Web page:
Clothes Do Not Make the Man / 14ymedio, Pedro Campos

Voting unanimously at the Seventh Congress of the Communist Party of Cuba.
Voting unanimously at the Seventh Congress of the Communist Party of Cuba.

14ymedio bigger14ymedio, Pedro Campos, Havana, 23 April 2016 — Army General Raul Castro, newly re-elected first secretary of the Cuban Communist Party (PCC), in his closing speech at the Party’s 7th Congress spoke of moving forward with our democratic, prosperous and sustainable socialism. It turns out that the adjective democratic has just been added to the socialism officially promoted in Cuba.

The leadership of the first Communist Party was allowed to take the name, later used to turn the country into a disaster, even recognizing one day that “no one knew how to build socialism.” The leadership of the PCC has the right to name the society they are proposing whatever they want. But those of us who have been defending a democratic socialism in Cuba also have the right to make it clear that this name has nothing to do with the socialism as practiced by the PCC.

Everything done from the leadership of the PCC is solely intended to strengthen the state monopoly capitalism with ingredients of paternalistic populism that has always characterized what has been intended in Cuba since 1959.

In his speech, the general was precise: one party, the Communist, based on Marxist-Leninist ideology, which, in any case, is based on democratic centralism (promoted by Lenin to crush the growing dissent within the Bolshevik Party) and not on democracy.

He also argued that Article 5 of the Constitution regarding the leading role of the Communist Party in society will remain, and that there will be a continuation of the centralization of decisions and state ownership as the linchpin of the economy. Only wells are built from above: everything from the top down.

The election of the first and second secretaries of the Politburo was not performed by the full Congress nor directly by the Party membership, but by the members of the Central Committee. The age limit for new members of the Central Committee is established as 60. By the stroke of a pen the possibility is eliminated that the generation that fought at the Bay of Pigs, that ran the literacy campaign, and that carried the hardest tasks of the Revolution on their shoulders, will serve on the Central Committee. And the limit applies arbitrarily to new members, but not to those who are now in their 70s and 80s and who have been in the PCC leadership ranks for more than five decades.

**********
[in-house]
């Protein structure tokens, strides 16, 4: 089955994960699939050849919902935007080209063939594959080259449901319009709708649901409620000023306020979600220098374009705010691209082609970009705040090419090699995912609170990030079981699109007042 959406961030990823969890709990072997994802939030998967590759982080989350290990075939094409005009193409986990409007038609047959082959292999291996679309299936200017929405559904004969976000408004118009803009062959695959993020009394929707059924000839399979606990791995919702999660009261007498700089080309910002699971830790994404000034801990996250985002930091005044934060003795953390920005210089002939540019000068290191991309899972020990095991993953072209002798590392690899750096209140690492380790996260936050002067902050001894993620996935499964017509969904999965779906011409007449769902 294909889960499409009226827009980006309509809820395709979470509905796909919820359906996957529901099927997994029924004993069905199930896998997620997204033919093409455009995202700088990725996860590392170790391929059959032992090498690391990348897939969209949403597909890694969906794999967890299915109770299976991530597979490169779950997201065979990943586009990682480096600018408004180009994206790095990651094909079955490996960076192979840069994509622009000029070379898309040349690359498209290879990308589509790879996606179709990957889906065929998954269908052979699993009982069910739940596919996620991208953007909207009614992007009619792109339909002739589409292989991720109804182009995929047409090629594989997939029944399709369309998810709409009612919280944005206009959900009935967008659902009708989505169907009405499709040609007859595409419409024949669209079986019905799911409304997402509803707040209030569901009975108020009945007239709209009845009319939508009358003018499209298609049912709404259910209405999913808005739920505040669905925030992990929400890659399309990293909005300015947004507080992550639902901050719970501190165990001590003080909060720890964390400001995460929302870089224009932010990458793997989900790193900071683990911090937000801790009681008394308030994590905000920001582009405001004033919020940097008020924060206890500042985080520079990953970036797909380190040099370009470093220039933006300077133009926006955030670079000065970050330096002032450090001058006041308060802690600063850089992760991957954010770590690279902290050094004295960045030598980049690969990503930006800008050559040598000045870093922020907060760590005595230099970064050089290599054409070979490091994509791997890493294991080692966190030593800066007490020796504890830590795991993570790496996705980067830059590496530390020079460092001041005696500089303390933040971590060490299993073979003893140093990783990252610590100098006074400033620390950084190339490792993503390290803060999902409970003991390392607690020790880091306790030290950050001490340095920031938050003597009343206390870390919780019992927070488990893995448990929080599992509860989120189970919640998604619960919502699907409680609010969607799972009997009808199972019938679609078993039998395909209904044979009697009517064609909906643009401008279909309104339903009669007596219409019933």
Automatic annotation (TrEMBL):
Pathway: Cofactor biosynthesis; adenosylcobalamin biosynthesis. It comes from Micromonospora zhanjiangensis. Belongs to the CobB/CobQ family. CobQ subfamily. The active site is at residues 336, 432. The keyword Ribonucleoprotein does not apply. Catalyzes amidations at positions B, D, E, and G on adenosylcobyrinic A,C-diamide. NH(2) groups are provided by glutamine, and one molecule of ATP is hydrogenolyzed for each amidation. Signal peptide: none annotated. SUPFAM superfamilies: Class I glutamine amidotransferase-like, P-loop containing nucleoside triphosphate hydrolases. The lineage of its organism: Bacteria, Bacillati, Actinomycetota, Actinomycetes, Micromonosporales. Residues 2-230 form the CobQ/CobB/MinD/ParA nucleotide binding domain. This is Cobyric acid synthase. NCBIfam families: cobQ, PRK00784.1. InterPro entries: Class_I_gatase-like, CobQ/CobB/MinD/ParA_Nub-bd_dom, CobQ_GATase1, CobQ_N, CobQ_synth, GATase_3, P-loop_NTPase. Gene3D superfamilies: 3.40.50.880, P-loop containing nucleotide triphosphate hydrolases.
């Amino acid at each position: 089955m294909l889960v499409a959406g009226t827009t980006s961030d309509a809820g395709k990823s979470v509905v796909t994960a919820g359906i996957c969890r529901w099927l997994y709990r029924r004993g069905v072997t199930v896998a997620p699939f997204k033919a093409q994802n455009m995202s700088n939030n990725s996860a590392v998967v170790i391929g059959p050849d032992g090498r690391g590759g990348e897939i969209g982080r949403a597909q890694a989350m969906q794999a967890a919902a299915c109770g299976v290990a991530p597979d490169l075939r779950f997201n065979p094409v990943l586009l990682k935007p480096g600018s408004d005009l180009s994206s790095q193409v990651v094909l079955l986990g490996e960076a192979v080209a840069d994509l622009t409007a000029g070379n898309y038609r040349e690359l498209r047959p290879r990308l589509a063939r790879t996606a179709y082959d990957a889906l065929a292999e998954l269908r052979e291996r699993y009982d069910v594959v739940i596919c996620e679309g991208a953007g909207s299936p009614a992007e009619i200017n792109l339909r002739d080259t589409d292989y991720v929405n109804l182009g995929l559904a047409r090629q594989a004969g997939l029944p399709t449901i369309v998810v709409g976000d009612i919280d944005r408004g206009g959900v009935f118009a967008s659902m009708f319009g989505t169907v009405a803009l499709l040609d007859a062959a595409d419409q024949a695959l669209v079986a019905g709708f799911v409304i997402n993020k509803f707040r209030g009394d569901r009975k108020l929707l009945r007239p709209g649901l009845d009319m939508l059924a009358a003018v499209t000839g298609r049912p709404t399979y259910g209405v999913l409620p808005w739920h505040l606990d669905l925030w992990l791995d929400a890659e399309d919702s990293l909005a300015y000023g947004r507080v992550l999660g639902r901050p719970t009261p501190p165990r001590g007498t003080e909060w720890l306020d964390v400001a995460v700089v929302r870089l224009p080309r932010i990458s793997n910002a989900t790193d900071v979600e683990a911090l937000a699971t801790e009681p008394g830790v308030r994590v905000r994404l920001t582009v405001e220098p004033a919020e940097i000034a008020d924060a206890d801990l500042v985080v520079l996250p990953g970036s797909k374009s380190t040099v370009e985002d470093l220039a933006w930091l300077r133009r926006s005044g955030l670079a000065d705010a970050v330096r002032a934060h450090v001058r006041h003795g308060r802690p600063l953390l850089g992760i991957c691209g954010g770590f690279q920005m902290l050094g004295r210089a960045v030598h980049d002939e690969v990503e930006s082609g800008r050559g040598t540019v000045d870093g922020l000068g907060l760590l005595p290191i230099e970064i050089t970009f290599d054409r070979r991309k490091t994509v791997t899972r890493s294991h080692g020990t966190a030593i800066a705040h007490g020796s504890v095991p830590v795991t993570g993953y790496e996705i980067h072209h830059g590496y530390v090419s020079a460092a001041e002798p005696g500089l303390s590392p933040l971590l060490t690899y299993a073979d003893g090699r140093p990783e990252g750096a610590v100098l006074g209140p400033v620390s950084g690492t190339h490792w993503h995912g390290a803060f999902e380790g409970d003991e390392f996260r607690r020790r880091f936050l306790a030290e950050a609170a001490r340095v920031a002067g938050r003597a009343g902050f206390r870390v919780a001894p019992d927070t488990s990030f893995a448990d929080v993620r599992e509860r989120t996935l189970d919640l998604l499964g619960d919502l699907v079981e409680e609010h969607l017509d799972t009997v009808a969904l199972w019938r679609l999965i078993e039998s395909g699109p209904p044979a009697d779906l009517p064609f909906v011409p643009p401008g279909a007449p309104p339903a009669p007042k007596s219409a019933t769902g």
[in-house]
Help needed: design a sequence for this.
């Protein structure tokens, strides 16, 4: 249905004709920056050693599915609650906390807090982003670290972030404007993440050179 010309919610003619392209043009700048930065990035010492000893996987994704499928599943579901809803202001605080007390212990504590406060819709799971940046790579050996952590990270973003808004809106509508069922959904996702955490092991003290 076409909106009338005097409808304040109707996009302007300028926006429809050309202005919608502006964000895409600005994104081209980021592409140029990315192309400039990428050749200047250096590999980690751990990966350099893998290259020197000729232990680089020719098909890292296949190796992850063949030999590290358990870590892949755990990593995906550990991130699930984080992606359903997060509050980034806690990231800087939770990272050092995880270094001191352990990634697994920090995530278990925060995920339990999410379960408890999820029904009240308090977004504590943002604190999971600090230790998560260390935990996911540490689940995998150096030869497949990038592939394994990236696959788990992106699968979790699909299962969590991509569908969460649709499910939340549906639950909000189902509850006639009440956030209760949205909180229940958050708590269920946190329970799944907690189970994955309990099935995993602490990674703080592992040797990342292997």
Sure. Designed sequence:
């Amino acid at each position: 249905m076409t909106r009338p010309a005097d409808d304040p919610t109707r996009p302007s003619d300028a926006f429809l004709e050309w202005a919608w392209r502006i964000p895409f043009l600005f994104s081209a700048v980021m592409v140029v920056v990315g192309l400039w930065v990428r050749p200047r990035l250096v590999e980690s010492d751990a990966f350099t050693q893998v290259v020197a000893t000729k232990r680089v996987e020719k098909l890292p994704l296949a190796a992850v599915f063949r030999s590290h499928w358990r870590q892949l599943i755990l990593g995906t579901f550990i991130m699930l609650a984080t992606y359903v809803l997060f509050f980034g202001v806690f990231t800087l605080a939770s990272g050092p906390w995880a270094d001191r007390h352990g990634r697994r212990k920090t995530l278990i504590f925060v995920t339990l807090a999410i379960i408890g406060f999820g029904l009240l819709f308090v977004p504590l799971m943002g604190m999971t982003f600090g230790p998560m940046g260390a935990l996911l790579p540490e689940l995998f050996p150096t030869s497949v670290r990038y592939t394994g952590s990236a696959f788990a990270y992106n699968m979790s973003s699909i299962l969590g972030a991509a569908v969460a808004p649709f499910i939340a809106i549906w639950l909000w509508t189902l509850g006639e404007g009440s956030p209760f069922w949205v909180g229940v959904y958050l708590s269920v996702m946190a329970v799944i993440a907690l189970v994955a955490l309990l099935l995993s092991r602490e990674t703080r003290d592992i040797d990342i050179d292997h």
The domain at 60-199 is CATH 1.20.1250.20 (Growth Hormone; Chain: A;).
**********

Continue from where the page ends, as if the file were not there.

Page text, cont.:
Self-managed cooperatives and self-employment are still regarded contemptuously as secondary “non-state” forms of work, while appropriate ways of self-management for workers in state enterprises is not even mentioned.

How can there be democratic socialism when the means of production are controlled by the bureaucracy and the wage labor that typifies the form of capitalist exploitation is maintained, without democratization of politics and without socialization of the economy?

If the Communist Party decided to honor the democratic qualifier for its socialism, it should assume the minimum standards of democratic socialism: democratization of politics, socialization of property and ownership in the economy, and allowing free expression and political activism of our groups and all democrats.

But we are not exclusive nor sectarian. Hopefully Raul Castro and his Party will act consistent with this new adjective and not as occurs with the term socialism, which they converted into an undesirable word for many.

If the Communist Party is open to the interests of the entire Cuban nation, it will promote a true popular, broad, horizontal participation, without restrictions in discussions of the documents 7th Congress and of a new democratic constitution, in town meetings, without pre-conditions.

If, as a part of that process it assumes the overall defense of all human rights of all Cubans; if it prevents repression against peaceful opponents and those who think differently and releases all prisoners of conscience; if it endorses freedom of expression, association and election; if it accepts the free development of various forms of production and property; if it grants ownership, management and profits to workers in state enterprises; if it accepts that Cubans living abroad can visit their country with passports from other countries and that those who want to can invest in it; it would not be democratic socialists who turn their backs on them.

If they take steps in that direction, I am sure they will have the support of many Cuban democratic socialists and democrats.